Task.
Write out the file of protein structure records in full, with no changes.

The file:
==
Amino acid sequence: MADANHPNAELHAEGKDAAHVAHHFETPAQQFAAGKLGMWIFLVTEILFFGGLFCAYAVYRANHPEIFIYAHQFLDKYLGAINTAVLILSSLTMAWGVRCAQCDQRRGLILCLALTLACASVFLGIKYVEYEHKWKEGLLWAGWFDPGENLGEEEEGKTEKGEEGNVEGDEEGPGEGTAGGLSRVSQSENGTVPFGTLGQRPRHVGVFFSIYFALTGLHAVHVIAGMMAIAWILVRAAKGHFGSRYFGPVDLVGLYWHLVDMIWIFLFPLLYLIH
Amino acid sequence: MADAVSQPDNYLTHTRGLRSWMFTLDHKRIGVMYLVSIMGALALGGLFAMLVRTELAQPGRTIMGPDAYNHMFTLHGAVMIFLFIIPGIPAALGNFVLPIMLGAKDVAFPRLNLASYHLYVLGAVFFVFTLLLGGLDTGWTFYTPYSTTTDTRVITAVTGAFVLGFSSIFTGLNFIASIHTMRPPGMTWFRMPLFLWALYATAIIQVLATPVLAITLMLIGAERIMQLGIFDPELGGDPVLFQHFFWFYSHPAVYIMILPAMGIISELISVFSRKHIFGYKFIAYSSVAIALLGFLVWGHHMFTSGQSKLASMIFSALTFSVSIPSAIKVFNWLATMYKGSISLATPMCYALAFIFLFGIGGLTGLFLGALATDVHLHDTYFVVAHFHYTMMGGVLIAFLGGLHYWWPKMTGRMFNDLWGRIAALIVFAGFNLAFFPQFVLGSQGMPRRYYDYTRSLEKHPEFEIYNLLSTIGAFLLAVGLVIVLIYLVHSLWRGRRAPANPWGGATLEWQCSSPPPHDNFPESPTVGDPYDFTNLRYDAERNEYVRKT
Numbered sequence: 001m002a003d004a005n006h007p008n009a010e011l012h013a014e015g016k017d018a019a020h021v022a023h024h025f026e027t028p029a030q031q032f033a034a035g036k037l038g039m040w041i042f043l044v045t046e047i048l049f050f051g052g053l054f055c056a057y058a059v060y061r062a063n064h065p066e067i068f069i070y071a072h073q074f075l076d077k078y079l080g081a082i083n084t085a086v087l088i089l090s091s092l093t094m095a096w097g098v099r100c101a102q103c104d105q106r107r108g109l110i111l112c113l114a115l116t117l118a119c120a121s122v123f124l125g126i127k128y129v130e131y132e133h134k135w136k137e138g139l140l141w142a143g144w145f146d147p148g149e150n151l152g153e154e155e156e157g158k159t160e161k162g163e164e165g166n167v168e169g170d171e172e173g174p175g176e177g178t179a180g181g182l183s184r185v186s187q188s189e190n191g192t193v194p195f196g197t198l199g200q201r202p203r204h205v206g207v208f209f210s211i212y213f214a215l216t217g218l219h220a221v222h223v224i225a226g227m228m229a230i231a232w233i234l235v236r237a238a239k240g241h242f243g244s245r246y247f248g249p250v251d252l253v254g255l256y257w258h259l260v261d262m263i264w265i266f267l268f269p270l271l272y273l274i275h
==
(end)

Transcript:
Amino acid sequence: MADANHPNAELHAEGKDAAHVAHHFETPAQQFAAGKLGMWIFLVTEILFFGGLFCAYAVYRANHPEIFIYAHQFLDKYLGAINTAVLILSSLTMAWGVRCAQCDQRRGLILCLALTLACASVFLGIKYVEYEHKWKEGLLWAGWFDPGENLGEEEEGKTEKGEEGNVEGDEEGPGEGTAGGLSRVSQSENGTVPFGTLGQRPRHVGVFFSIYFALTGLHAVHVIAGMMAIAWILVRAAKGHFGSRYFGPVDLVGLYWHLVDMIWIFLFPLLYLIH
Amino acid sequence: MADAVSQPDNYLTHTRGLRSWMFTLDHKRIGVMYLVSIMGALALGGLFAMLVRTELAQPGRTIMGPDAYNHMFTLHGAVMIFLFIIPGIPAALGNFVLPIMLGAKDVAFPRLNLASYHLYVLGAVFFVFTLLLGGLDTGWTFYTPYSTTTDTRVITAVTGAFVLGFSSIFTGLNFIASIHTMRPPGMTWFRMPLFLWALYATAIIQVLATPVLAITLMLIGAERIMQLGIFDPELGGDPVLFQHFFWFYSHPAVYIMILPAMGIISELISVFSRKHIFGYKFIAYSSVAIALLGFLVWGHHMFTSGQSKLASMIFSALTFSVSIPSAIKVFNWLATMYKGSISLATPMCYALAFIFLFGIGGLTGLFLGALATDVHLHDTYFVVAHFHYTMMGGVLIAFLGGLHYWWPKMTGRMFNDLWGRIAALIVFAGFNLAFFPQFVLGSQGMPRRYYDYTRSLEKHPEFEIYNLLSTIGAFLLAVGLVIVLIYLVHSLWRGRRAPANPWGGATLEWQCSSPPPHDNFPESPTVGDPYDFTNLRYDAERNEYVRKT
Numbered sequence: 001m002a003d004a005n006h007p008n009a010e011l012h013a014e015g016k017d018a019a020h021v022a023h024h025f026e027t028p029a030q031q032f033a034a035g036k037l038g039m040w041i042f043l044v045t046e047i048l049f050f051g052g053l054f055c056a057y058a059v060y061r062a063n064h065p066e067i068f069i070y071a072h073q074f075l076d077k078y079l080g081a082i083n084t085a086v087l088i089l090s091s092l093t094m095a096w097g098v099r100c101a102q103c104d105q106r107r108g109l110i111l112c113l114a115l116t117l118a119c120a121s122v123f124l125g126i127k128y129v130e131y132e133h134k135w136k137e138g139l140l141w142a143g144w145f146d147p148g149e150n151l152g153e154e155e156e157g158k159t160e161k162g163e164e165g166n167v168e169g170d171e172e173g174p175g176e177g178t179a180g181g182l183s184r185v186s187q188s189e190n191g192t193v194p195f196g197t198l199g200q201r202p203r204h205v206g207v208f209f210s211i212y213f214a215l216t217g218l219h220a221v222h223v224i225a226g227m228m229a230i231a232w233i234l235v236r237a238a239k240g241h242f243g244s245r246y247f248g249p250v251d252l253v254g255l256y257w258h259l260v261d262m263i264w265i266f267l268f269p270l271l272y273l274i275h